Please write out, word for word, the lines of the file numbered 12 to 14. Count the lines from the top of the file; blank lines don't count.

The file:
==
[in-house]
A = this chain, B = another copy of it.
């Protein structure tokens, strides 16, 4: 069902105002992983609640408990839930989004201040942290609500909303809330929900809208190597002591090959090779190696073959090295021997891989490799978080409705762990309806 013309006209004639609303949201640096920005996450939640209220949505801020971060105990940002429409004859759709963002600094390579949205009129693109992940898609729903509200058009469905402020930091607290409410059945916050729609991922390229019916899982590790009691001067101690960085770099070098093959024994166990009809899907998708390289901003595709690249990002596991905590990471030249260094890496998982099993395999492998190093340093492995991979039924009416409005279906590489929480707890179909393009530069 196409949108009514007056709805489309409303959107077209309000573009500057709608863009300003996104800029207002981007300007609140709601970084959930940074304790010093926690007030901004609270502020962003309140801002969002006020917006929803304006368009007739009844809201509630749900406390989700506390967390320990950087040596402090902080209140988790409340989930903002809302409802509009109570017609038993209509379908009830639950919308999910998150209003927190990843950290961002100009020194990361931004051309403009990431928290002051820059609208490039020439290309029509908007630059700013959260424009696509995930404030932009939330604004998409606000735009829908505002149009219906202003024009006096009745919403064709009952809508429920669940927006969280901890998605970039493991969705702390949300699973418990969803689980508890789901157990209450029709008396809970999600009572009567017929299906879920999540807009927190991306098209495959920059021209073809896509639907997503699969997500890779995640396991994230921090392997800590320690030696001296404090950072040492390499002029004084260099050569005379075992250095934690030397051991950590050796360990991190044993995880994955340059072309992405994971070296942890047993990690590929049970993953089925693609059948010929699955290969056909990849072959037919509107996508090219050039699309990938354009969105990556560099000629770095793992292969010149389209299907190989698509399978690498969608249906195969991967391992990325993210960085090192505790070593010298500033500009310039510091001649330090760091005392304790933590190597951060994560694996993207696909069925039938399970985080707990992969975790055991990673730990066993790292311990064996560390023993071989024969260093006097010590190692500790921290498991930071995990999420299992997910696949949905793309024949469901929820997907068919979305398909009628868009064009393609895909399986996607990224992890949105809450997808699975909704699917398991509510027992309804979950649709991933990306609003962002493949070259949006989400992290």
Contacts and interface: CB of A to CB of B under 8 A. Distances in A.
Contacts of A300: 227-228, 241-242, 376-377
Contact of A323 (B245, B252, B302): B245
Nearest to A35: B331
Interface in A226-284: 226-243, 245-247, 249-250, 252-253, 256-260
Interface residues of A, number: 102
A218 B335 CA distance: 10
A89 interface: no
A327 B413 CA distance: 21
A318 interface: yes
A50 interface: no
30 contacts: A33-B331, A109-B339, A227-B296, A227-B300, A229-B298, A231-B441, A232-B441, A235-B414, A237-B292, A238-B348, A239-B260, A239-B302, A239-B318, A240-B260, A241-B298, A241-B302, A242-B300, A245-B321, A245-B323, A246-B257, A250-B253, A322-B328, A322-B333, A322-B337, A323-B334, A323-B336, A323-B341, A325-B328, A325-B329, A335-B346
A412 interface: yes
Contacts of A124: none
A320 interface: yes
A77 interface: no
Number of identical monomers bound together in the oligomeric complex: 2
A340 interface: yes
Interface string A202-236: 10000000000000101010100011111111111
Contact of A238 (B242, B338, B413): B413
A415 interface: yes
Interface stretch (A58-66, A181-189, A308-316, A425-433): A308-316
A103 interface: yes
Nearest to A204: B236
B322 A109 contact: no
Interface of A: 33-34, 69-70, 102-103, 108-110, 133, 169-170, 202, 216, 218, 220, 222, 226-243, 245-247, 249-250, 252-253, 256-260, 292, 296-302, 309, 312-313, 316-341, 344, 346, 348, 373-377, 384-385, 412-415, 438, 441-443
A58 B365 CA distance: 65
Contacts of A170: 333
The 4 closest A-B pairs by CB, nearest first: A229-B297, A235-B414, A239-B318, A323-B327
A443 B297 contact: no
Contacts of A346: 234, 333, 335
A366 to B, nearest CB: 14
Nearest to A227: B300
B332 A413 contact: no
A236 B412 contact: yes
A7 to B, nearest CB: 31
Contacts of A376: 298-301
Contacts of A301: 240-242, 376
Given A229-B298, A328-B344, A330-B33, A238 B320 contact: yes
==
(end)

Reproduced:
A327 B413 CA distance: 21
A318 interface: yes
A50 interface: no